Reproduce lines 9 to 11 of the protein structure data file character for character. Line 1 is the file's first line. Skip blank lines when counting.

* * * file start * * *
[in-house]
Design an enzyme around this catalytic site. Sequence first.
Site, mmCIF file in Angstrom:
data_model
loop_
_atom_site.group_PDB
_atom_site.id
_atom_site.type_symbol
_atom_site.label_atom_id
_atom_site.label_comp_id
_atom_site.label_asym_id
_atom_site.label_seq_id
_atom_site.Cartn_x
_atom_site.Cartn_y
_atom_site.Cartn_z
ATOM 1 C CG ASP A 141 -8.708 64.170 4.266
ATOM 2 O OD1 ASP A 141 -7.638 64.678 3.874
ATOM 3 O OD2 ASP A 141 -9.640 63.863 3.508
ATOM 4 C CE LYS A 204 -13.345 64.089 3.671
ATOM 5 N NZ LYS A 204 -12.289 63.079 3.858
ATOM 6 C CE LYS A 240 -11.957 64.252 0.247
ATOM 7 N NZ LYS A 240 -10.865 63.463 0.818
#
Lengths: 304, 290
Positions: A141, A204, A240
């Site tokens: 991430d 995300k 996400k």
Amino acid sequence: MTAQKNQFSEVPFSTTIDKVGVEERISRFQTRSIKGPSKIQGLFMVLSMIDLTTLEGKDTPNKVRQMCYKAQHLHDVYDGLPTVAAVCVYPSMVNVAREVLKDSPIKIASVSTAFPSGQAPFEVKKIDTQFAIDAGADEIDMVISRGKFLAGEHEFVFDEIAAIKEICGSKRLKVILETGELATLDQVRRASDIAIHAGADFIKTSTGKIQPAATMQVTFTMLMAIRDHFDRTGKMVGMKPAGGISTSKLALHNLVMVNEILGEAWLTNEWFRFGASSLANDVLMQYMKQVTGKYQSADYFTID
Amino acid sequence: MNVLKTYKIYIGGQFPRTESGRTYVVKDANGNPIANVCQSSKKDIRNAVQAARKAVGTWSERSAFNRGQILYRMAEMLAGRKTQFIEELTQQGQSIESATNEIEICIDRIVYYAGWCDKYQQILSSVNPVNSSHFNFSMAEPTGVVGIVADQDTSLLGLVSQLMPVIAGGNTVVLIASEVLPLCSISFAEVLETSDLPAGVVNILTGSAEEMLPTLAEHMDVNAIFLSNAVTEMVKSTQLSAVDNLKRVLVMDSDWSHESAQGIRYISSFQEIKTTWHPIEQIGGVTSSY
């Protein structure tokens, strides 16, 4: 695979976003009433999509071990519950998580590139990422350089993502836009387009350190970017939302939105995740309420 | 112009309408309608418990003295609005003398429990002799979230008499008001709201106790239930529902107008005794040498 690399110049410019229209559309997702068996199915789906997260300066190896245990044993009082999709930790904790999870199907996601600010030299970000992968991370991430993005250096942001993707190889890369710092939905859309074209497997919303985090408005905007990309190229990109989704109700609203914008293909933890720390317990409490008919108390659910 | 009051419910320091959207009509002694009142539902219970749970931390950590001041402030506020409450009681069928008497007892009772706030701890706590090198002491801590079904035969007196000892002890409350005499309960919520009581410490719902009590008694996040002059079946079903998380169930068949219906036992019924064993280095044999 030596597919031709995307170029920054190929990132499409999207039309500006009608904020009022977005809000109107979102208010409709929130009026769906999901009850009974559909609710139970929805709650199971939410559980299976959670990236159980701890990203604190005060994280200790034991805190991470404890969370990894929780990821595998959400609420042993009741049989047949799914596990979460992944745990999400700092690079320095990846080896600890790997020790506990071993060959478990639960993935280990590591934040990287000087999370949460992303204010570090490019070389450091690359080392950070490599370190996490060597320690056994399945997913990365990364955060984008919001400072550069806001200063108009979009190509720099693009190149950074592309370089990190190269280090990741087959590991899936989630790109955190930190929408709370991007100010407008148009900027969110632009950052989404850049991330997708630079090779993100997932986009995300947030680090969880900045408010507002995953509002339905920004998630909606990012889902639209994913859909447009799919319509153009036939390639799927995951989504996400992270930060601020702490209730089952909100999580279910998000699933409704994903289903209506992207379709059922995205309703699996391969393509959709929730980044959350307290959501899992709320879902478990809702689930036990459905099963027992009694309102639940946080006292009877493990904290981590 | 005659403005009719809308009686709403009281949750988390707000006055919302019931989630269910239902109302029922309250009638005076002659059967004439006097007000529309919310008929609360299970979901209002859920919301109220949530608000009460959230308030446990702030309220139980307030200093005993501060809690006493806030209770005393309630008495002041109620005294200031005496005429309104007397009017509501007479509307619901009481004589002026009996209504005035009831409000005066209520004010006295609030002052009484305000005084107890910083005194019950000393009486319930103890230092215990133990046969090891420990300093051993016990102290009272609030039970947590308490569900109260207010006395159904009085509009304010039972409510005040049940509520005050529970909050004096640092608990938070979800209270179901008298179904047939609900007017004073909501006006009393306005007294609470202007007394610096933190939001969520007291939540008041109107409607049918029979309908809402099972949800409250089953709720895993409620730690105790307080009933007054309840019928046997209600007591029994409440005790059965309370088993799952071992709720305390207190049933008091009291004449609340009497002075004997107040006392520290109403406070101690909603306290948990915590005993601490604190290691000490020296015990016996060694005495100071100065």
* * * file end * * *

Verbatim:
_atom_site.label_atom_id
_atom_site.label_comp_id
_atom_site.label_asym_id